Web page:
How the Marriage Equality Bill Impacts Real Estate

By Bill Primavera

The Home Guru

More years ago than I care to remember, I arrived in New York with a college buddy and, together, we sought an apartment for which we would share the rent and expenses. Apartments were easy to find in those days because the rental market had been overbuilt, so we had a wide choice of possibilities, including new buildings that were offering concessions of three to six months free rent to sign a lease. Imagine that?

I experienced my first awareness about discrimination in housing at that time when an on-premise landlord of one of our favored apartments asked directly “are you two just buddies or are you a ‘couple’?” From the way he asked the question, I strongly suspected that if we had been a “couple,” the apartment would not be ours.

While I didn’t know anything about Fair Housing laws at that time, it was only as late as 1986 when New York City, where the gay revolution began with the Stonewall riot in 1969, passed a law banning discrimination in housing based on sexual orientation. In 2000, Westchester County followed suit, as did New York State in 2002. Understanding and complying with Fair Housing laws are an important part of every realtor’s training, and every listing contract requires that the owner of a home agree to its tenets as well.

And, with the passage last Friday of the Equality in Marriage bill by the New York State Senate, observers agree that will be further impact regarding sexual orientation in real estate..

In sheer numbers alone, the bill can bring the benefit of marriage to an estimated 42,000 committed couples raising 14,000 children, according to, the organization that championed the cause in encouraging voters to petition their legislators in Albany.

Amid the jubilation of gay and lesbian couples in the past couple of days for winning their hard-fought battle, there is a healthy economic prospect to the bill’s passage concerning real estate. In the simplest of terms, it should provide a tremendous economic stimulus as couples from anywhere in the country will come to New York State to be married. They will be spending their money here, resulting in more jobs, and more jobs mean more people will be buying homes.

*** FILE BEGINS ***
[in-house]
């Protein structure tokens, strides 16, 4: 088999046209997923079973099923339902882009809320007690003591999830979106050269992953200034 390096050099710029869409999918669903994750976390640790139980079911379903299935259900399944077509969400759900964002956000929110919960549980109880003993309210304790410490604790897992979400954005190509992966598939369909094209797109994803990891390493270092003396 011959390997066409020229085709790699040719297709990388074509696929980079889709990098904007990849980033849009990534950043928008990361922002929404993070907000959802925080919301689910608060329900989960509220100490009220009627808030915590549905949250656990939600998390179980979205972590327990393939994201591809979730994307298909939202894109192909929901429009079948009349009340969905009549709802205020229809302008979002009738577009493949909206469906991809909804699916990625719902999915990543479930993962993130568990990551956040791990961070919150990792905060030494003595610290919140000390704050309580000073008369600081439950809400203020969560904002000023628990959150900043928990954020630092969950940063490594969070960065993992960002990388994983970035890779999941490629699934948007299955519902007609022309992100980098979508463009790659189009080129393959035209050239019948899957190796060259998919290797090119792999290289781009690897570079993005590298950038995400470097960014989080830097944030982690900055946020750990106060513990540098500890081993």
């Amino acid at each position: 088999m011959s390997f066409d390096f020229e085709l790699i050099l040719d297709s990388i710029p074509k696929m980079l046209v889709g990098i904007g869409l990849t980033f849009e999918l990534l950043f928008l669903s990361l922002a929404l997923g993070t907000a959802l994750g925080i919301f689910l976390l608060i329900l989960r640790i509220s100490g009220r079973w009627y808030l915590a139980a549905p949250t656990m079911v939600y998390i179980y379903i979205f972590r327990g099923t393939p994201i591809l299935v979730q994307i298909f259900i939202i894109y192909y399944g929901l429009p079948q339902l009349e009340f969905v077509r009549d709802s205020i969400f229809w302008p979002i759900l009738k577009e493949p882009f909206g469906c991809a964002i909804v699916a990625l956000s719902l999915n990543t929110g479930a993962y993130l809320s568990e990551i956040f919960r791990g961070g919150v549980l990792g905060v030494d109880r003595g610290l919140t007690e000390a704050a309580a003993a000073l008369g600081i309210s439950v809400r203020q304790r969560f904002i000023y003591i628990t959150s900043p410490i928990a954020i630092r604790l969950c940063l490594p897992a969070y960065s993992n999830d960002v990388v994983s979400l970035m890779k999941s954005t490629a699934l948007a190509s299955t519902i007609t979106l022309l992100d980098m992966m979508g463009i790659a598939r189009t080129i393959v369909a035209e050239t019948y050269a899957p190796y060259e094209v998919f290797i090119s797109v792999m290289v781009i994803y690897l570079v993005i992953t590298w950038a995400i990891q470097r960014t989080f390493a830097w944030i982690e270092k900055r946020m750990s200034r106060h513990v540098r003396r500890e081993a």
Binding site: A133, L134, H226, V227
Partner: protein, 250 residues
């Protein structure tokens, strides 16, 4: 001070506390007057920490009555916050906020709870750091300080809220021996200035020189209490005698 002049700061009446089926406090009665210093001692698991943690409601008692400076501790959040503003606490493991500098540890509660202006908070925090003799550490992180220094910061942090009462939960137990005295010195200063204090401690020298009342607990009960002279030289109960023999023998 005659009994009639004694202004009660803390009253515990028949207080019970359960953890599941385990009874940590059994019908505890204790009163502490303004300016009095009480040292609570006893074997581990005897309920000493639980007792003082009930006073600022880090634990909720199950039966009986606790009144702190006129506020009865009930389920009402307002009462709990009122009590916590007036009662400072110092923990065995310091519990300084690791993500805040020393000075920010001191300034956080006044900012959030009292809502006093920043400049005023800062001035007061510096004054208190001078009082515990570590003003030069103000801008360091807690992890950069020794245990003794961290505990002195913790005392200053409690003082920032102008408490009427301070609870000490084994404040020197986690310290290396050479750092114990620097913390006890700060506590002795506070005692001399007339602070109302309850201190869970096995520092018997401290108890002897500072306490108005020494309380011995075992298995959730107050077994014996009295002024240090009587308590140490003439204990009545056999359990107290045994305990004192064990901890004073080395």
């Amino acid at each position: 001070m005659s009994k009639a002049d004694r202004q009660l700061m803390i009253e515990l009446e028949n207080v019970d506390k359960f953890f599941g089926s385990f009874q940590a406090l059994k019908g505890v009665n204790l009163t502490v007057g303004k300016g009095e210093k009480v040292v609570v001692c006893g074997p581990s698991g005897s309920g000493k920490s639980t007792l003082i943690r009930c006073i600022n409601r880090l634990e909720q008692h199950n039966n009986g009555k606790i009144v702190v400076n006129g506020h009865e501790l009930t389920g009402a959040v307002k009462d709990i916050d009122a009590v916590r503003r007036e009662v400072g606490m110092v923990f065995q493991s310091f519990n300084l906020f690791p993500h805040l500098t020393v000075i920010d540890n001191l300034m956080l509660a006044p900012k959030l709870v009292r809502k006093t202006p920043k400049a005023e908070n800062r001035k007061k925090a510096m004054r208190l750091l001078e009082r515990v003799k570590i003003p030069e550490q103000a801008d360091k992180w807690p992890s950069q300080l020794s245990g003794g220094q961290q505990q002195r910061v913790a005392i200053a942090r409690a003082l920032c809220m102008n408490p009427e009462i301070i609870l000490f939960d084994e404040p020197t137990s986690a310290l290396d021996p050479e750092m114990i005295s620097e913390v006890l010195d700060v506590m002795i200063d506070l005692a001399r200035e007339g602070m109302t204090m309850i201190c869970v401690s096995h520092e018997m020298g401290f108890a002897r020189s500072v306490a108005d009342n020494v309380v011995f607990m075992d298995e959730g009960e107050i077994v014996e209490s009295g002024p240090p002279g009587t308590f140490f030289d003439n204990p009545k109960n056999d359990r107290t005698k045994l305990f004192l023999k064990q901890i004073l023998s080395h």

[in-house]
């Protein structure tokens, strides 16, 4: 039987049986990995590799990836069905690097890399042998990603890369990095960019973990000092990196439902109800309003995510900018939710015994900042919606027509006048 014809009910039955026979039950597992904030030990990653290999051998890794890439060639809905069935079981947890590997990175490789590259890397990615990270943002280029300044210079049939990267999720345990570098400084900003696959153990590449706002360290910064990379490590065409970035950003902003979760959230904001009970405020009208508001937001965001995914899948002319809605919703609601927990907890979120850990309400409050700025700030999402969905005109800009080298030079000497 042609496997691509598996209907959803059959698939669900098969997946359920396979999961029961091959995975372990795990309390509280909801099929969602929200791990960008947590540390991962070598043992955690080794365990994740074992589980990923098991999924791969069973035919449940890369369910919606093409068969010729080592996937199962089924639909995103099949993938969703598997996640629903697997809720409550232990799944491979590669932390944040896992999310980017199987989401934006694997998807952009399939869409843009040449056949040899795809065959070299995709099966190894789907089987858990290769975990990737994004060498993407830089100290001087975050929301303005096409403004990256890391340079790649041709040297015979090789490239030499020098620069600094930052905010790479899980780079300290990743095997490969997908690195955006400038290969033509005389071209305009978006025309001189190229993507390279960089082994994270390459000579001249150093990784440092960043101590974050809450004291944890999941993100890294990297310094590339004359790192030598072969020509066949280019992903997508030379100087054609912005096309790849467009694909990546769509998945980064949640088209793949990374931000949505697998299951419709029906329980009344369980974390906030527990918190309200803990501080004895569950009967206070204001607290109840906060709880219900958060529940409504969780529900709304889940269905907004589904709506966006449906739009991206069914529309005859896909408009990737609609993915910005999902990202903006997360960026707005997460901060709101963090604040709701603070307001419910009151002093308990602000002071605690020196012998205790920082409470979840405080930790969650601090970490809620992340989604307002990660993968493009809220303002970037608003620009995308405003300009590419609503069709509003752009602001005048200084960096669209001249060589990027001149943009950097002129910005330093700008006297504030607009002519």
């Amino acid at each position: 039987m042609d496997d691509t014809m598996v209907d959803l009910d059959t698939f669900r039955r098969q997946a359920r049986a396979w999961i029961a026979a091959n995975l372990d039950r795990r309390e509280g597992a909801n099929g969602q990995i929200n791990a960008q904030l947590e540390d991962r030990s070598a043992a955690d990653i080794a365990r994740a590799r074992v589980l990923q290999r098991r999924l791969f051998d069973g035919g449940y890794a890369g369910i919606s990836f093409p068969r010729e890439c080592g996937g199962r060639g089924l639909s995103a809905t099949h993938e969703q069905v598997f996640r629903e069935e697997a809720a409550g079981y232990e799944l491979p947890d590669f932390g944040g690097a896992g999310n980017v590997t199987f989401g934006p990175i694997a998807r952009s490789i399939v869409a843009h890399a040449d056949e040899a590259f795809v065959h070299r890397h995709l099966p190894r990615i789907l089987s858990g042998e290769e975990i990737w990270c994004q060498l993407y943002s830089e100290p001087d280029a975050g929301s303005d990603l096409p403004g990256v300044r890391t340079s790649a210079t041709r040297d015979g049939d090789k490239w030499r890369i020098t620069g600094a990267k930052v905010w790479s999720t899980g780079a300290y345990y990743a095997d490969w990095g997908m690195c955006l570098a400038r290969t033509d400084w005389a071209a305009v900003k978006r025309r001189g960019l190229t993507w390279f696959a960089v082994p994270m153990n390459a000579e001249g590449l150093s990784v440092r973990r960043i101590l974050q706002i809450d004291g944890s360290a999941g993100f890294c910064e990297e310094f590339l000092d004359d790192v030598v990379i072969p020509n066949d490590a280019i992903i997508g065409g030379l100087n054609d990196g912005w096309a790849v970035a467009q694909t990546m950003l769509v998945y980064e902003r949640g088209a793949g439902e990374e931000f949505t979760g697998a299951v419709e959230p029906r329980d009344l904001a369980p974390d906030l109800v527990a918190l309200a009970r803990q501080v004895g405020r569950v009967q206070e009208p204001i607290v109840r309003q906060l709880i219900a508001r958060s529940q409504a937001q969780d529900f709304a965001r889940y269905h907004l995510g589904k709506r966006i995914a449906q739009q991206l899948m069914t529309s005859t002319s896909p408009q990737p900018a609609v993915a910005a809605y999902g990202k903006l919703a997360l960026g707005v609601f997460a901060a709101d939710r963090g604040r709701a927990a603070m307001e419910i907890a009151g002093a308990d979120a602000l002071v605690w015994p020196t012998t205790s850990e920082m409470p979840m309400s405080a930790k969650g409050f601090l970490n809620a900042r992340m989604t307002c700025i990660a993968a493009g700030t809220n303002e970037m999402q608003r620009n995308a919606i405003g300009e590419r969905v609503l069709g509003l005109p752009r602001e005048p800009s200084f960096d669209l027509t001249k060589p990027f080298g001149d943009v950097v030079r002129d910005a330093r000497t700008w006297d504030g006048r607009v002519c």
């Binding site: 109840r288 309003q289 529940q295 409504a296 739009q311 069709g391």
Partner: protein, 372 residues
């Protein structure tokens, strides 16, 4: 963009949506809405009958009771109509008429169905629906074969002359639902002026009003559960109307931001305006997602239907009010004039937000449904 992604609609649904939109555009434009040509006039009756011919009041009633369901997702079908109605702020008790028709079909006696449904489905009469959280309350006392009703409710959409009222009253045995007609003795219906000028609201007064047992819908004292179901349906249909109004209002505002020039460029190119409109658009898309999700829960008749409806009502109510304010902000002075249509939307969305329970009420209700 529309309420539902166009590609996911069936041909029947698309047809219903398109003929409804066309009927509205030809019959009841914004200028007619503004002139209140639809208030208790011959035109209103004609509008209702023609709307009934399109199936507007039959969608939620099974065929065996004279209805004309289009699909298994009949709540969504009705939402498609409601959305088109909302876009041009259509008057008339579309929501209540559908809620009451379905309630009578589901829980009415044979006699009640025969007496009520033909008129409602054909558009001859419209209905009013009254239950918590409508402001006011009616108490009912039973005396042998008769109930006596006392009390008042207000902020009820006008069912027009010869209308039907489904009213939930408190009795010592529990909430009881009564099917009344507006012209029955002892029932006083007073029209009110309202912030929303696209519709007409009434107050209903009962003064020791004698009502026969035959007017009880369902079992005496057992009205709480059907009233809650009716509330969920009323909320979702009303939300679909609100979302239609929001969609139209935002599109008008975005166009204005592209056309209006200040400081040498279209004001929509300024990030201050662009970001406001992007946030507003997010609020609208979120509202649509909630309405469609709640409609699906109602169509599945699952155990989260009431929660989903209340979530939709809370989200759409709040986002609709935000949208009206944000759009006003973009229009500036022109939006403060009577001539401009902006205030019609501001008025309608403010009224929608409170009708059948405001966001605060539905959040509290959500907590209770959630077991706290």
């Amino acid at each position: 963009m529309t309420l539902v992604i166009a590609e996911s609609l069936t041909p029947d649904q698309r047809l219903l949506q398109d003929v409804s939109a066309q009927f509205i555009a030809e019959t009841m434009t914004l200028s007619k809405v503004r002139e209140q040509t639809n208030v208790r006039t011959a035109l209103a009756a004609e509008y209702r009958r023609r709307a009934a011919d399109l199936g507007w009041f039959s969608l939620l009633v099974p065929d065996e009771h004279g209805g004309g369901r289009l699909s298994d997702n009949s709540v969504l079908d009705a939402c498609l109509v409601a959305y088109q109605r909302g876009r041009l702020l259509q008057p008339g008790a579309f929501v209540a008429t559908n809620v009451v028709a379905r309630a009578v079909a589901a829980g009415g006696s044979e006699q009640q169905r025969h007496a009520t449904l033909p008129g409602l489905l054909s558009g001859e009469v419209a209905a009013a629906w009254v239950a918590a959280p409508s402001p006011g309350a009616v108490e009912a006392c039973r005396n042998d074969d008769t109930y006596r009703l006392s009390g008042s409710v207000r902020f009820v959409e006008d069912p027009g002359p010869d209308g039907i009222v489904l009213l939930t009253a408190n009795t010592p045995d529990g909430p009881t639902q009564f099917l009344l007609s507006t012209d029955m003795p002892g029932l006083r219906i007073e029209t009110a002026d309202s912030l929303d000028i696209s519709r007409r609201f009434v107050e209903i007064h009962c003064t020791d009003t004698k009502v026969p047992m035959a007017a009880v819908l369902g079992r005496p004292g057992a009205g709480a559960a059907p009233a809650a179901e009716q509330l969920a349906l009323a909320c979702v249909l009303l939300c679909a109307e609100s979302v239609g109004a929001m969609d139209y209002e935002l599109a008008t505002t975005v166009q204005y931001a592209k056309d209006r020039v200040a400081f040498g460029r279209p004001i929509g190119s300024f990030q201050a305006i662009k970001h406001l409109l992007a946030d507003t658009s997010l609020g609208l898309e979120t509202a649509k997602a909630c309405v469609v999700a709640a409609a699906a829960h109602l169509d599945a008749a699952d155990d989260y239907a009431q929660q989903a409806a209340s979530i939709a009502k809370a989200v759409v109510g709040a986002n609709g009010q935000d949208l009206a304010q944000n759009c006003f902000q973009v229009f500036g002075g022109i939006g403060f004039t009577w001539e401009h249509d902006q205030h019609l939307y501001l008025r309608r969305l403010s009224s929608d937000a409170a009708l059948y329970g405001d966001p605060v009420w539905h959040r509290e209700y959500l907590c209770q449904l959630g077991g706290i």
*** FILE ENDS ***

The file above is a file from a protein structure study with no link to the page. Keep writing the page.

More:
It probably won’t make a noticeable difference in the fabric of our neighborhoods because committed gay couples have always been part of them, but perhaps under the radar. I remember how surprised I was at a political campaign meeting some years ago to learn that, according to statistics supplied by the LOFT, a Westchester-based LGBT organization, my town was one of two identified as having the largest concentrations of gay and lesbian residents in Westchester County. So who knew?

Immediate legal and financial issues related to the new law were articulated by some of my friends who deal on a daily basis with home buying and selling.

Lawrence Horowitz, a lawyer based in White Plains, said, “Now that the legislation is law, it will be both easier and harder for gay couples to deal with the issue of ownership of real property. 

“It’s easier because, if they are considered legally married, for estate purposes, they would be protected against the loss of their residence. It’s harder in a divorce situation, unless there is a ‘pre-nup’ – which now may be more common in gay marriage – because the couple would be subject to the same laws that married couples have always faced, including equitable distribution and custody.  There are of course many more issues which can come into play.”

One of those issues, according to Irene Amato, owner of A.S.A.P. Mortgage with offices in Cortlandt Manor and Yorktown Heights, will be the impact on qualifying for a mortgage with the gifting of cash for the purpose of buying a home, allowed only among those related to the purchaser. “Now, for the first time, one member of the gay marriage will be permitted to gift money to his/her spouse or spouse’s children for the purchase of a home,” she said.

Amato classified her agency as “gay proud” and directed me for further comment to a branch manager of her company who happens to be gay. He is Doug Petri, well known and much respected for his long term work as a mortgage broker in the region.

“The most important benefit of this new law is its impact on the concept known as Tenancy by the Entirety, a form of ownership that is for married individuals,” Petri said. “It means that if two people are married and they own a home together, if something should happen to either one of the spouses, the surviving spouse automatically gets ownership of the house without probate or any other form of estate issues.”

When I interviewed Petri, it was by phone at his East Hampton home where he and his partner were throwing an annual fundraiser to benefit young gay people for educational scholarships. Petri’s wrap-up statement on the news was, “It’s about time, isn’t it? And, really, why should anyone care about who loves who?”

For gay and lesbian couples planning to be married in this area and contemplating buying a home, you might check for legal counsel with Larry Horowitz at 914-282-7171. To discuss mortgage needs, call Irene Amato or Dough Petri of A.S.A.P. Mortgage at 914-736-9230. And, of course, any realtor I know would be more than happy to work with you in finding the perfect neighborhood and home in which to enjoy your new legal status.

Bill Primavera is a licensed Realtor® (, affiliated with Coldwell Banker, and a marketing practitioner ( For questions or comments about the housing market, or selling or buying a home, he can be reached directly at 914-522-2076.